On Sunday, July 15th, John and Sherry Londres were interviewed at our evening meeting at 3800 Marlton Pike. The title of the interview was “How to stay married for 33 years” but John objected to the title, wisely. “This is what worked for us but I don’t know if it will work for anyone else. In fact I know that if they do exactly what we did they will certainly fail, because every couple is different.” John is exactly right but we have to give some authority to those among us who have made it so far in marriage. John and Sherry are rare birds, so we watch them, holding our breath at their beauty as we peer through the jungle of divorce and disillusionment to behold them. To honor them and learn form them I distilled three lessons they taught us.
Use your whole brain
In 1994, John learned about the concept of right brain and left brain. The right brain is more thinking and reasoning and the left brain is more emoting and intuiting. (This is an oversimplification but John had a simple point). Sherry had put his ring on his left hand when they got married 10 years before. The only reason he had heard for the left hand placement was the left hand’s proximity to the heart. John realized that his left brain love for Sherry would ebb and flow but he could trust it. He didn’t really need a left brain reminder to love her. He needed a right brain reminder. He needed a reminder to be intentional about loving her. He couldn’t forget to feel for her, but he could forget to love her well. He wanted a reminder for all the intentions he had for relating to her. So after 10 years of learning what he needed to remember, John switched his ring to his right hand and has worn it there ever since.
I think this is a great example of how to use our rituals. To stay married for 33 years and longer you will have to reappropriate the symbols you have inherited. You must make them your own and even if the first time you weren’t just going through the motions, you must make new meaning of them as you go along. I love the left to right hand switch that John did. I can imagine many places in my life that need a switch to intention. I can depend too much on passion and conviction for motivation to do a lot of the things I do. Making a plan and reminding myself to stick with it will be good for my marriage and many other parts of my life (including planting the church).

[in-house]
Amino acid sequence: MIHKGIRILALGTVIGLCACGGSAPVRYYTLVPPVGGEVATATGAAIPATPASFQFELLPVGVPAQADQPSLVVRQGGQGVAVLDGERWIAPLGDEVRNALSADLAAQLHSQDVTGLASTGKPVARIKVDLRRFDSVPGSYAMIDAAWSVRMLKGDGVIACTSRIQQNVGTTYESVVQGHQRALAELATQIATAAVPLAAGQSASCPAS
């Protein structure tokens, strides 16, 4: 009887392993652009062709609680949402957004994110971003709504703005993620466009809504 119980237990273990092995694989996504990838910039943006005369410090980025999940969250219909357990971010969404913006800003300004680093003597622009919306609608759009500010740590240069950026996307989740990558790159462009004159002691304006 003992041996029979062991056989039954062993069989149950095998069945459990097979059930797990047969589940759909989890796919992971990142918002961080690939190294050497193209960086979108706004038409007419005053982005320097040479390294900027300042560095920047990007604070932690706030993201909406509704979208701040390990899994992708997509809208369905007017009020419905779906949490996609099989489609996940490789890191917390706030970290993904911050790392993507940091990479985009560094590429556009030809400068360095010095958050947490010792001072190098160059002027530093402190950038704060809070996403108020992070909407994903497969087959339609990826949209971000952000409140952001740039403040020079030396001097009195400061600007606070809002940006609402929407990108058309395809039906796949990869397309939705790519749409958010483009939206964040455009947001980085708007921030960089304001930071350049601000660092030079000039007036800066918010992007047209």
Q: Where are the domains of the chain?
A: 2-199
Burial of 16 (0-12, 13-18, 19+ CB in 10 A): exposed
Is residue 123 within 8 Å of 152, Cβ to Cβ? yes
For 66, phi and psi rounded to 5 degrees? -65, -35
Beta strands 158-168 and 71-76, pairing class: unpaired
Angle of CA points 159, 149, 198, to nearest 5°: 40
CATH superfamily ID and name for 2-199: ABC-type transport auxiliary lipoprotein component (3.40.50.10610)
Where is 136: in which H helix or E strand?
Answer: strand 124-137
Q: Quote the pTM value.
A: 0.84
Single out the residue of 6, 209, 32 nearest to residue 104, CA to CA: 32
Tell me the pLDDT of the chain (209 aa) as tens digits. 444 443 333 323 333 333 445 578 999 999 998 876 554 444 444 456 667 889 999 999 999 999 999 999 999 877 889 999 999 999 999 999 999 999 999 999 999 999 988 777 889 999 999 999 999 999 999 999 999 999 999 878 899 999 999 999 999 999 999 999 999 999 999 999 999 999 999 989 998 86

Sherry described herself as steady. I’ve only known her for a third of her marriage but I agree. She might be content to just keep it simple, stay close to home, not surprise anyone. But she surprised John a lot when a few years ago she said, “I want to climb Mt. Kilimanjaro with you!” John is known as the wild adventurer, and Sherry has been content to see him when he gets back. But a couple of years ago they went together to Tanzania and summited the highest point in Africa. Sherry did much better with the oxygen deprivation. If Sherry hadn’t been there to strike out ahead of him when the going got tough, who knows if John would have made it. He would have made it somehow, but Sherry was the somehow this time. When you go together there’s no way of knowing what would have been. Some other how is not necessary.
“John gets me out of my box.” Sherry said. She’s done things she never thought she would do, but it’s kind of silly to make a clear distinction between who she has become with John and who she was before they were married. We become who we are because of who we’re with among other things. This is true for friendships as well as marriages. Deciding to go together and trusting to stay together fundamentally changes who we are. If we accept that becoming as a natural part of life and reject the lie of individuality and self reliance, we can enjoy it. John and Sherry have grown together without significant friction because they weren’t really organized to defend those supposedly essential selves. We are not who we are forever. Thank God, we change. You can enjoy that.
Be a fool
John ended the interview with a song. And John is NOT a good singer. He sang “I Do It for Your Love” by Paul Simon so terribly there weren’t very many dry eyes in the house. And Sherry loved it! Love requires you to make a fool of yourself, and to love the fool you’re with for their foolishness. We need to remember who we are and what better way than to make a scene, damn the consequences, scorn the shame. I love how beautiful John’s bad singing was. He loved the complexity of Paul Simon’s sentiment. “It felt like us,” he said. Sherry loved him for being a fool. No one who is there will forget the moment. People are still talking about the last time he did it!
You can listen to John and Sherry’s full interview with me at circleofhope.net/messages